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As in the study of any social problem, to understand terrorism we must understand how certain interest groups and bureaucratic agencies present their particular views of terrorist phenomena, and how they strive and try to establish these as the ones that come to be accepted as obviously correct. We also need to consider their audiences. Why do the media accept or reject certain views of terrorism? Why does the public accept one kind of rhetorical presentation rather than another? How aYe popular attitudes shaped and reshaped by the images and stereotypes offered in the mass media, and in popular culture? When we appreciate the processes involved in making news about terrorism, we are better able to sift critically the claims that are made, and to evaluate policies.
Images of Terror provides a critical guide to the images of terrorism that we see daily in the mass media. All too often, scholars and journalists accept uncritically the interpretations of terrorism they receive from governments and official agencies. Our perceptions of terrorism are formed by the interaction of bureaucratic agencies, academics and private experts, and the mass media. Yet the images and stereotypes offered do not necessarily reflect objective reality.
Jenkins argues that terrorism, like most other problems, is socially constructed. He does not suggest that terrorism is not a real problem, an authentic menace, or that society should not respond promptly and effectively to terrorist threats. But rather than being something understood in the same way by people in different societies and different eras, the concept of terrorism is shaped by social and political processes, by bureaucratic needs and media structures. This process of construction applies both to the overall concept, and to specific movements, to groups and their actions.
For the foreseeable future, terrorism is likely to remain a dominant issue in the political life of the United States, and indeed of much of the world. This book raises important questions about how we form our notions of the enemy to be confronted, and how, when we make statements about terrorism, we know what we think we know.
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Philip Jenkins is Professor of History and Religious Studies, Pennsylvania State University. His publications include books as well as numerous articles in historical and criminological journals. His major interests involve the means by which social problems are constructed and presented in politics and the media.Review:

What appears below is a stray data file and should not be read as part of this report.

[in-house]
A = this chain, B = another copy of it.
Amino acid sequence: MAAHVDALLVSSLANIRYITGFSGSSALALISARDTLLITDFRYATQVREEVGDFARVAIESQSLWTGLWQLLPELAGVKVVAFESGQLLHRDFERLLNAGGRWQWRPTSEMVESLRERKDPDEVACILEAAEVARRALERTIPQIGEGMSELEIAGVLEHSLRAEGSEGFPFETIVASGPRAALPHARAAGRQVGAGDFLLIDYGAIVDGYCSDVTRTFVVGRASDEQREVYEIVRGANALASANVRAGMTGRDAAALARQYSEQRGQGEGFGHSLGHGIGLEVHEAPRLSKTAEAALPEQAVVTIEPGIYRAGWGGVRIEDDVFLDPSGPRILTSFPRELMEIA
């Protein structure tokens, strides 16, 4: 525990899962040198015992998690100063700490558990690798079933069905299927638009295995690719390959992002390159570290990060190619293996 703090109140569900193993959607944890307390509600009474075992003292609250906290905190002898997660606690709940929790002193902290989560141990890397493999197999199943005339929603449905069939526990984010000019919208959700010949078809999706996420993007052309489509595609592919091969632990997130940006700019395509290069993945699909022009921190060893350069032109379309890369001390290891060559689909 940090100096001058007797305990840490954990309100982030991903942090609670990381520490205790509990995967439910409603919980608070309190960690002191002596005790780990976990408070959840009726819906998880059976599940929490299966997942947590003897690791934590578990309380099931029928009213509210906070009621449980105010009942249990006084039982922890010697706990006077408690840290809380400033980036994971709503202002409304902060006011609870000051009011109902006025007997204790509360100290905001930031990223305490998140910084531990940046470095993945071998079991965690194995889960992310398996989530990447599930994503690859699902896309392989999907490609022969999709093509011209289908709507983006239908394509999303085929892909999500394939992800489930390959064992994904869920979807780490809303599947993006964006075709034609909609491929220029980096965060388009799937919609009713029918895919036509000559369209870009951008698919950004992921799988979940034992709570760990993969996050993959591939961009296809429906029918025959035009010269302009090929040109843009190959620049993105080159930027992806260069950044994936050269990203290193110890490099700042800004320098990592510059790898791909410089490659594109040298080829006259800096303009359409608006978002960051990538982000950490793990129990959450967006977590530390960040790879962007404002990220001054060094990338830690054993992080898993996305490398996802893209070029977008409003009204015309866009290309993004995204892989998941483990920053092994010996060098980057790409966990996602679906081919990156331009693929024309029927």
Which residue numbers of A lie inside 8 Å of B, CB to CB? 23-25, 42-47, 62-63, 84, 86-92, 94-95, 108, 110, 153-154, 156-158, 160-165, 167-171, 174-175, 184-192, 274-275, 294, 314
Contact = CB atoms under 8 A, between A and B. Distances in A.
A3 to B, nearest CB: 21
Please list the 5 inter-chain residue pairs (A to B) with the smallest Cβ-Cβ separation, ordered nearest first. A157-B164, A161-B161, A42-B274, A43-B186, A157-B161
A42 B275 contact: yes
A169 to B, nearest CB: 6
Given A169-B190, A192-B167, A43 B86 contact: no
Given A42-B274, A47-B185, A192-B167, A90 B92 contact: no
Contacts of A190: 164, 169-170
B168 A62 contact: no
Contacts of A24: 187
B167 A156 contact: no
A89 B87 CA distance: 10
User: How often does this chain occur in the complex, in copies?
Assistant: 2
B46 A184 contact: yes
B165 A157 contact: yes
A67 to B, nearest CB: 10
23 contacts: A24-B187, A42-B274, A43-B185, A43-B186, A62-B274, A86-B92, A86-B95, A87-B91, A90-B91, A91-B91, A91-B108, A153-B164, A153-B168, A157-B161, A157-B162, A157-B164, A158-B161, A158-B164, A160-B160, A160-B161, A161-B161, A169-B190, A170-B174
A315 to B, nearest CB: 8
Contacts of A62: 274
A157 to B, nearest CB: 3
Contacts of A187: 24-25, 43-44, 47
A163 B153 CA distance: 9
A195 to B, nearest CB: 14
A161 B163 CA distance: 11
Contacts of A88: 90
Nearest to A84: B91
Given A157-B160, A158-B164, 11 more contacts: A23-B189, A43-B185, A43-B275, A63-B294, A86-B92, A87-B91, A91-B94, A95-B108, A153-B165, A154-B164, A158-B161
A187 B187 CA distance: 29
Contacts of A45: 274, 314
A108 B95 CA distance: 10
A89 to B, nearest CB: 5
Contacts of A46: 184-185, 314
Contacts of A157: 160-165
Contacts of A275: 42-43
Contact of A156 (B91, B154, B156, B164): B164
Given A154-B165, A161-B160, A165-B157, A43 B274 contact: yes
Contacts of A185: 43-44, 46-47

"Jenkins (history and religious studies, Pennsylvania State Univ.)... argues that terrorism, like any other problem, is socially constructed... Using historical evidence, Jenkins explains how the public perception of terrorism is constructed through the interaction of bureaucratic agencies, academic and private experts, and the mass media... This is a timely and concisely written book, especially for sociology and political science collections. Summing Up: Highly recommended. All levels."
—G. B. Osborne, Choice
“As a warning to consumers about the proliferation of post-September 11 theories on terrorism, this book is brilliant. Its “buyer beware” message is welcome and eneded, and the examples used throughout the book of shoddy analysis and “socially-constructed interpretations” are compelling. Jenkins’ book is a wonderful antidote to believing everything printed about terrorism in the press, not to mention government publications and popular books on the subject. It is a plea to see the current focus on this type of political violence within its historical framework and to carefully discern what is “spin” from what is an accurate understanding of the problem.... [T]his is an excellent book. Jenkins’ examination of what happens to the concept of terrorism when it enters the realm of public discourse is fascinating and original. It must be read by anyone who is serious about filtering available information and searching for effective responses to modern terrorism.”
—Audrey Kurth Cronin, Political Science Quarterly
“Philip Jenkins has written a provocative, timely . . . analysis of the social construction of the problem of terrorism. . . . There is much to admire in his analysis. Jenkins demonstrates that the social construction approach can be quite useful as a means to introduce the study of terrorism to students.”
—Michael Stohl, Contemporary Sociology
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